It’s a lot easier to pretend that it’s two groups just fighting it out. That way observers can stand back and not do anything. If the issue can be framed as two groups in a vicious fight, both with confusing but somewhat legitimate claims, then it’s pretty hard to get involved. That has been perhaps the greatest success of the Zionist public relations campaign; to keep many people neutral. Neutrality encourages the oppressor, and leaves the oppressed abandoned.

Mark my words, people will look back on the situation happening right now in Palestine and they will think of it as parallel with what happened in South Africa. It is one of the clearest cases of injustice on an international scale in the world today. The fact that so many people do not see it as such is a testament to a complex public relations campaign, and wishful thinking. It’s not coincidence that official South African government policy is to boycott Israel.

Right now, Palestine is experiencing colonization and an dual system that is the same idea as Apartheid was in South Africa. This is especially clear in the South Hebron Hills, and since that’s the area I know the best I will back up this statement with a description of the area.

The zionist army has assumed control over all of Area C of the West Bank, where I lived with the shepherds. By “assumed control” I mean that the zionist army defeated the opposing military and are now the reigning authority because they are the most violent. If the area was democratically run then people living in Area C would have to be citizens. With authority comes responsibility, and a there would be no taxation (also civil control, regulations etc) without representation. Obviously, it’s not democratic in Area C. Palestinians living in Area C are treated as non-citizens similar to how people labeled “colored” were treated in South Africa. Palestinians have tremendous control exercised over them in their lives. There are all sorts of things they are not allowed to do. They do not have freedom of movement or normal political rights. If they want to build a home, dig a well, drive on the highway, have electricity in their home or running water they are not allowed to. The Israelis living next door are recognized as citizens (like people in South Africa granted the classification “white”) and are allowed normal access to the roads, to have electricity, build a water tank, own a house, and to participate democratically. Comparing two places like Mufaqarah and Maon, a Palestinian (“colored”) village and a settler (“white”) village, makes this fact basically impossible to miss.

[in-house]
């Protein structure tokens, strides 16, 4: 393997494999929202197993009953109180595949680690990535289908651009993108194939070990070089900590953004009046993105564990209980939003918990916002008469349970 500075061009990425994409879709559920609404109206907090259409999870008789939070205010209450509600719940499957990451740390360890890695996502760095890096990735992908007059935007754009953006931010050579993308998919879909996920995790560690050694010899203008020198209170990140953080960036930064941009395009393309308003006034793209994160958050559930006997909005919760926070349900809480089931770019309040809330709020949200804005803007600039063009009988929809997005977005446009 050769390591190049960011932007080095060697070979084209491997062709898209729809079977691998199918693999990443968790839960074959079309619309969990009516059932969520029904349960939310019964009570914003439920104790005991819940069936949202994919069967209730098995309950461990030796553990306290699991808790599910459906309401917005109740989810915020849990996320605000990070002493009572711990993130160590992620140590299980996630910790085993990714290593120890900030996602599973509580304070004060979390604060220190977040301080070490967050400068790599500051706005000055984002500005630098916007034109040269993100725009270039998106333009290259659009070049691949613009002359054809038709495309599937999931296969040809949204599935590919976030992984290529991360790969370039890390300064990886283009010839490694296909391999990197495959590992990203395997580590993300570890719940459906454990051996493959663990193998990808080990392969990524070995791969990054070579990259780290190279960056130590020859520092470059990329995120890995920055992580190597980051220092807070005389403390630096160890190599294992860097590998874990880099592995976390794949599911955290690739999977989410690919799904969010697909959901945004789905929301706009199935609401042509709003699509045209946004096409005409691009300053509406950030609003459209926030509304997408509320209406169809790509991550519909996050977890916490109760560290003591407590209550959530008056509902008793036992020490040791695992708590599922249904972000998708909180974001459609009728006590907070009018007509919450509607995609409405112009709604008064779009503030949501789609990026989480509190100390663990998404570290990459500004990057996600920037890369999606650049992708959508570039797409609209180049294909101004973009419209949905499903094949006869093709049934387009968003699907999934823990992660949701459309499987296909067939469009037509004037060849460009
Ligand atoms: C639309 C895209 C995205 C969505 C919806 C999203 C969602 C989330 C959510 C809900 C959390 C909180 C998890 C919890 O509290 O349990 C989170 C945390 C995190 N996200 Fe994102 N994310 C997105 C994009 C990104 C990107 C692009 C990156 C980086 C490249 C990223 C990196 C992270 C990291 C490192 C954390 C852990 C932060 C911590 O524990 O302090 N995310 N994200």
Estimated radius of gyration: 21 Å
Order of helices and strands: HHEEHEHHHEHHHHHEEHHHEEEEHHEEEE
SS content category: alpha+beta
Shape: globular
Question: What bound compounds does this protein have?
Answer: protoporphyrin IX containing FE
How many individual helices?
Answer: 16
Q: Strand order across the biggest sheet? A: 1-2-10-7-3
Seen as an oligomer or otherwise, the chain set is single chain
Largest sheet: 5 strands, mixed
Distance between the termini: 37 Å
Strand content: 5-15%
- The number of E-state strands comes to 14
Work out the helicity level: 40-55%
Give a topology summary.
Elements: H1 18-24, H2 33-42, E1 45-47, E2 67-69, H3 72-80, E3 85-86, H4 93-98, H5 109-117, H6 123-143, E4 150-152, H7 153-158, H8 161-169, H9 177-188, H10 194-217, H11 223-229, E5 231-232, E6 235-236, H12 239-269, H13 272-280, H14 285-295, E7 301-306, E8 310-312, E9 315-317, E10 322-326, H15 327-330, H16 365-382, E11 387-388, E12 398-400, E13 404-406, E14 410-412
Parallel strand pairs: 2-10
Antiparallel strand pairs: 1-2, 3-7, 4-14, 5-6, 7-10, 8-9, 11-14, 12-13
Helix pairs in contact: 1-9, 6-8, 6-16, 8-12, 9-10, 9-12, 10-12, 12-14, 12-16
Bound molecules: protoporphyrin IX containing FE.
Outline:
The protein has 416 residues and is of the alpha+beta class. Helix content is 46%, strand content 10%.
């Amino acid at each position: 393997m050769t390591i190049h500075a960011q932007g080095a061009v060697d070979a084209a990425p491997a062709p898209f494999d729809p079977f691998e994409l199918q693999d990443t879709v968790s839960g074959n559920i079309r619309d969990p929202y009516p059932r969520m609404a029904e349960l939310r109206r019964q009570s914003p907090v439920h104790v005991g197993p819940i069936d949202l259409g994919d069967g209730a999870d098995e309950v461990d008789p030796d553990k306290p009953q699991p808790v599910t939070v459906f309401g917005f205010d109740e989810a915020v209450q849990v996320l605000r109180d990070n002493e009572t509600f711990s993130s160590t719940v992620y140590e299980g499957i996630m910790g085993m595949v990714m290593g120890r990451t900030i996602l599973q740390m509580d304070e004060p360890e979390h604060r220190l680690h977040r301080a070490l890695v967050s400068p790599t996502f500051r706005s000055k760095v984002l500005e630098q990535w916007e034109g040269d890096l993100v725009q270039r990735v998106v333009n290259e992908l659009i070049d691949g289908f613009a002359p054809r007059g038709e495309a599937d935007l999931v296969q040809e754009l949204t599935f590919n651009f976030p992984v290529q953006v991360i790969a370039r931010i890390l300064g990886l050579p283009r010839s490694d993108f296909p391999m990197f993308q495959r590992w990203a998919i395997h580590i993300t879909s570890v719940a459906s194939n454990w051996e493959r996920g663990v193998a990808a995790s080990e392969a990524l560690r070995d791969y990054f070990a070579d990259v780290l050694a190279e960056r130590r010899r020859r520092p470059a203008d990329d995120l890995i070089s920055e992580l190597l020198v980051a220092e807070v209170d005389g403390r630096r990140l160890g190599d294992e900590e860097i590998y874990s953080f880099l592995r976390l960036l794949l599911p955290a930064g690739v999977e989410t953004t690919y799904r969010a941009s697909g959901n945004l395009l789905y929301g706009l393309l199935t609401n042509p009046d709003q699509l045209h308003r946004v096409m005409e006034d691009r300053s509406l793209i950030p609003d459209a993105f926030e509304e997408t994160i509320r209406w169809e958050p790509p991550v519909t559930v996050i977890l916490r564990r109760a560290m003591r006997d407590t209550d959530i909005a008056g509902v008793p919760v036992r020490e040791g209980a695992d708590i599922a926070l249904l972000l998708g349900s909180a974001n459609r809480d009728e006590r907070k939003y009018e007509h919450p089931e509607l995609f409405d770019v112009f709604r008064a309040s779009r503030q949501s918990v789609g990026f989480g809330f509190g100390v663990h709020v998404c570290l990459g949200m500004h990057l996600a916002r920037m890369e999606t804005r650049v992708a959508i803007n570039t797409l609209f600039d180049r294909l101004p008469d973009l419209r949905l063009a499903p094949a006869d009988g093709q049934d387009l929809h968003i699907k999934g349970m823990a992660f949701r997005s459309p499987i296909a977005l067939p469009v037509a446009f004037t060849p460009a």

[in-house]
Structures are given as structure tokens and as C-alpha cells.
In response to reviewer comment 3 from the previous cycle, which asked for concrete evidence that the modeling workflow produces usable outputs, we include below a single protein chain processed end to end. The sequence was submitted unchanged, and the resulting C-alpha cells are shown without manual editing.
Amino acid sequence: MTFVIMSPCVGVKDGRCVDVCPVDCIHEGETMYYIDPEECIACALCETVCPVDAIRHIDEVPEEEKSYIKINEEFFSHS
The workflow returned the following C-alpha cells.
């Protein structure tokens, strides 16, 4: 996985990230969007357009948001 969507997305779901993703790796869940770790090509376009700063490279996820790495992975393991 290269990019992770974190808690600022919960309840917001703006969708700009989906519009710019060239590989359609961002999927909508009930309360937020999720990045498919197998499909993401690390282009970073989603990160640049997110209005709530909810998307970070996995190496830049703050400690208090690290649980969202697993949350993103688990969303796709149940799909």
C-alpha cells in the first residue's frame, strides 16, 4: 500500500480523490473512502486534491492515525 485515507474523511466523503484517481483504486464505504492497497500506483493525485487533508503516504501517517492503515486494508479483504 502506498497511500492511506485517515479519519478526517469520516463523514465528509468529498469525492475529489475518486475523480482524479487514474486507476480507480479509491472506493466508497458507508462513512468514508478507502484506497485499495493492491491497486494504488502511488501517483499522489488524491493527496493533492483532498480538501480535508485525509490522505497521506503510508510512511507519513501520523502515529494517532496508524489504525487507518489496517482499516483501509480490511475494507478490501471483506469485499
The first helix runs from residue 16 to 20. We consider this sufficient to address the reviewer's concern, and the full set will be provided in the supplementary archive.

A boy watches Palestine. The buildings of the colony of Maon in the distance. The boy is standing in Mufaqarah, where above ground buildings, electricity and water systems are not allowed, looking roughly towards Maon which has well paved roads and all normal public services like electricity and water.
A boy watches Palestine. The buildings of the colony of Maon are in the distance. The boy is standing in Mufaqarah, where above ground buildings, electricity and water systems are not allowed, looking roughly towards Maon which is allowed to have paved roads and all normal services like electricity and water.

Carving the West Bank up into sections is very similar to the creation of Bantustans in South Africa. It’s quite clear that in the South Hebron Hills the colonizer is trying to get Palestinians to leave, die, or migrate into the created “bantustans”, which are called Area A. Throughout the West Bank it is easy to see from the air which areas are the “bantustans” because they always have water tanks on their roof; they don’t have a normal water supply like the “white” (Israeli) areas do.

The color coded ID cards are a classic and obvious indication that an apartheid-like system is in effect. Obviously there is no reason to issue different classes of identification if there aren’t different classes of people. Gandhi burned his ID card when he was in South Africa. The Nazis issued them before the genocide. It’s routine for an oppressive, totalitarian situation. Any population which starts to get issued ID cards which sort them into social groups is in serious trouble.